Tualatin Purple Heart recipient shot down on an Army Birddog flight in Vietnam while on a Sniffer Mission. His widow remains active in veteran support activities

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Smiths at 11th Airborne reunion in 2005.
Smiths at 11th Airborne reunion in 2005.

Army Chemical Staff Specialist, Sargent Herbert Smith, and his wife Beverley just loved military life. He initially joined the Coast Guard in 1952, serving three years.  He was a civilian for nine months before enlisting in the Army, reporting to Fort Ord, California for basic training. They were married on July 11, 1955 and she moved to Kentucky to be near him while he received basic airborne training at Fort Campbell.  Next they went to Germany where Herbert had a parachute accident.  Bev said he wasn’t seriously hurt but for a while developed hives every time he jumped.  

Herbert and Beverley in 1955, year they were married.
Herbert and Beverley in 1955, year they were married.

After Herbert completed his enlistment, his family missed being in the military. This time he was only out 60 days before re-enlisting, deciding to make the Army his career.  They enjoyed moving around the world and the comradery with their many military friends. After a number of assignments including three more years in Germany, Herbert volunteered for a one year Vietnam tour with the 173rd Airborne Brigade so he could get orders back to Germany. Beverley said they were really looking forward to returning to Germany.  But she explained, ‘Herbert was shot down on February 11, 1969 while flying through a valley in a birddog on a sniffer mission.”  Severely injured, Herbert crawled out of the burning aircraft and then rolled down into a nearby creek.  While looking up from the water, he saw a helicopter hovering over him, with a crewmember coming down a rope.

Picture and original caption from Army publication of Sgt Herbert Smith receiving Bronze Star while in Madigan Hospital bed.

After learning that Herbert was being treated in a hospital in Japan, Bev tracked down the phone number. But when she called, he was groggy and wasn’t sure who she was. She thought, “Oh my gosh, he doesn’t want to talk to me.”  But then she learned he was recovering from surgery. He was eventually transferred to the Madigan Hospital in Tacoma for a long convalescence period so Beverley moved their family nearby. Her schedule for six months was to get the kids off to school and then go to Herbert’s hospital. She said it was understaffed for the many wounded there. She helped until time to go home to prepare dinner for the kids.  Her oldest daughter was 13 so after setting the kids for the evening, drove back to the hospital to see Herbert for a short evening visit.  Herbert retired on August 26, 1971. He earned Bronze Star, Purple Heart, Army Commendation, Vietnam Service, Republic of Vietnam Campaign, and  Air Crewman Medals.

The family moved to Portland before settling in Tualatin in 1980. Although physically handicapped, Herbert co-founded a drywall company and oversaw all the administrative work. He passed away in Puerto Rico on October 26, 2009, while on a South American cruise with Beverley.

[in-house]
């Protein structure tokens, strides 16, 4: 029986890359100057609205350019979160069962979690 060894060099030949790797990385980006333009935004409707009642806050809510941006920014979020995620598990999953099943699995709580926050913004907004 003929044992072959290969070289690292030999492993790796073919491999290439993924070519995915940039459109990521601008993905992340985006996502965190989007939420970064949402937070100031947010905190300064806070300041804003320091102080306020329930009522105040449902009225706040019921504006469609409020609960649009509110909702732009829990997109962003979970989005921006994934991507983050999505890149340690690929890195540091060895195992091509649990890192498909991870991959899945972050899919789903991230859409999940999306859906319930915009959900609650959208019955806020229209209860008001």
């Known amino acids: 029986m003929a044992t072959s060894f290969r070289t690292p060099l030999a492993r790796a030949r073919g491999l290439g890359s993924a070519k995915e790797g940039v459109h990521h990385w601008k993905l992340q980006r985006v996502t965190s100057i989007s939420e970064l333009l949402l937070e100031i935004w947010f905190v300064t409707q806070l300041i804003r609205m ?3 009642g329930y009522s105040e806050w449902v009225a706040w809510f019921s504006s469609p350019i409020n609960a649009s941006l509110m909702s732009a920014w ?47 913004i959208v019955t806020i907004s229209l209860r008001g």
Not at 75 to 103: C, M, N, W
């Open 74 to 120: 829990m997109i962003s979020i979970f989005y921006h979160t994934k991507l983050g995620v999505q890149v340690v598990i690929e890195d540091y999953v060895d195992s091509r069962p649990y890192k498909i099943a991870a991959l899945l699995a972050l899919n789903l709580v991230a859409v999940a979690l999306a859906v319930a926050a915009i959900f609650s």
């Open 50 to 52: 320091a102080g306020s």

Beverley holds three awards received for volunteering at VA Hospital.
Beverley holds three awards received for volunteering at VA Hospital.

Beverley gives a lot of herself to veteran support organizations.  She is a high energy person and when talking, quickly gets to heart of situations.  She is the President of the local Military Order of Purple Heart Auxiliary.  She volunteers three days a week at the Portland Regional Veteran’s Administration hospital where she staffs the information booth from 7am to 4pm. She has received several awards for her volunteer work, including VAVS Volunteer of the Quarter (third quarter) for 2012.  She was named the 2014 Volunteer of the Year and on June 4, received a certificate for 3,750 hours of volunteer service.

If you are in a war, you have to be able to locate the enemy. The heavy forests covering Vietnam’s mountainous regions made that difficult.  Also, guerillas had dug many miles of underground tunnels which allowed the enemy to disappear while in battle. To help find the enemy, a Navy machine was redesigned that had previously swept the ocean to smell for submerged submarine exhaust fumes. Instead of diesel, it smelled the air for indicators of human presence; including ammonia particles from urine and condensation nuclei from sweat and campfires. It soon was nicknamed the sniffer. One climate factor, humidity, helped when rain washed away background scents. Reportedly, guerilla’s hung buckets of urine on tree limbs. Also, high winds, nearby civilian villages and recent firefight remains could bring false readings. High machine readings could call in air strikes, troops or artillery to force the enemy out of hiding. One crewman reported flying over a tree containing 40 or more large bird nests. The sniffer electronically sent a strong reading to a control center. The signal wasn’t corrected and the next day, a B-52 bombed the tree. It wasn’t perfect but the sniffer was the best tool our military had in that environment. Today we use satellites, drones and other high tech equipment to locate and track enemy activity; equipment that does not put our military lives at risk.